NEWPORT'S city centre is enjoying something of a purple patch, with recent good weather, sporting events, and the reopening of the market bringing crowds in.

It is a completely different story when compared to a period of a few days nearly three months ago – when Newport and the surrounding South Wales area was a complete wash out.

In mid-February, the city resembled a ghost town, as torrential rain, and fierce winds drenched and battered any souls brave enough to step outside.

But, while the city largely survived unscathed – with the exception of a few roofs and trees - one long-lasting legacy remains, and it can be found in one of the city’s busiest areas.

Smack bang in Newport city centre, in Commercial Street, the empty former Next store remains fenced off from the public, after Storm Eunice caused some masonry to fall from the upper storey of the building down on to the pedestrianised pavement below.

Thankfully, the poor weather was already keeping most people away at the time, and no one had the misfortune of standing below at the time.

But, with safety concerns remaining in place, the South Wales Fire and Rescue Service initially cordoned the site off.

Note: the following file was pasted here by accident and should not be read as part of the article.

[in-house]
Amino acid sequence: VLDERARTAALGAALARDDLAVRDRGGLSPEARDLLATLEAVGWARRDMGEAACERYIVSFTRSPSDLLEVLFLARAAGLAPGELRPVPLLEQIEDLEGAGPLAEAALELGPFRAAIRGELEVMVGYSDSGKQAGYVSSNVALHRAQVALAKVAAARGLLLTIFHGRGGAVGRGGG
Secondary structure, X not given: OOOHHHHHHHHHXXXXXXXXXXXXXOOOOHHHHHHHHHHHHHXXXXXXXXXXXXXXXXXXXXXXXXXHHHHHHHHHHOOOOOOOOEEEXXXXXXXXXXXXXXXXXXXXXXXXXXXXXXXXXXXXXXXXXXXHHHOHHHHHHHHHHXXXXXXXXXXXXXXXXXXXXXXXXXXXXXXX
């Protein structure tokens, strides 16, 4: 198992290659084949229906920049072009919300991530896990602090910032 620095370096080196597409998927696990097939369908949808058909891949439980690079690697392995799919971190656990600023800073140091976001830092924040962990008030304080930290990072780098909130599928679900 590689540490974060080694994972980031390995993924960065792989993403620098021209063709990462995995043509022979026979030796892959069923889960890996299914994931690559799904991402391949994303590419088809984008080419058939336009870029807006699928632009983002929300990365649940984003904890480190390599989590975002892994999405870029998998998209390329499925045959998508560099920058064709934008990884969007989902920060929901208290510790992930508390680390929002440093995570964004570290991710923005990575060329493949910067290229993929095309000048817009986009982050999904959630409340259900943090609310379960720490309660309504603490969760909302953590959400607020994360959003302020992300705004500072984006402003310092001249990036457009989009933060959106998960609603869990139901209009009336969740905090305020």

Later, this cordon was replaced by fencing, warning people of overhead “danger”.

Now, nearly three months later, the situation remains exactly the same, with that same fencing remaining.

With the summer fast approaching, and the streets of the city seeing increased levels of activity, there is a slight feeling that this section of Commercial Street is now something of an eyesore.

But, with no signs of life inside the building, and no obvious work being carried out externally, the future of the premises is currently a mystery.

The Argus understands that the premises, like the majority on Commercial Street, is privately-owned.

But, with both fashion retailers Next and The Outlet both leaving the ground floor retail space, and the upper floors seemingly empty, it is unclear how much in the way of day-to-day input is offered by the owners.

A Grade II-listed property, it is currently on the market to let, at a cost of £60,000 per annum.

This includes the ground and first floor retail space, and top floor storage space.

That being said, it is possible that they are the ones responsible for installing the fencing in the first place, with Newport City Council confirming that it was not of their doing.

In any case, the masonry high up above the street remains damaged, and with no signs of life, it remains to be seen when the building might be restored to its former glory.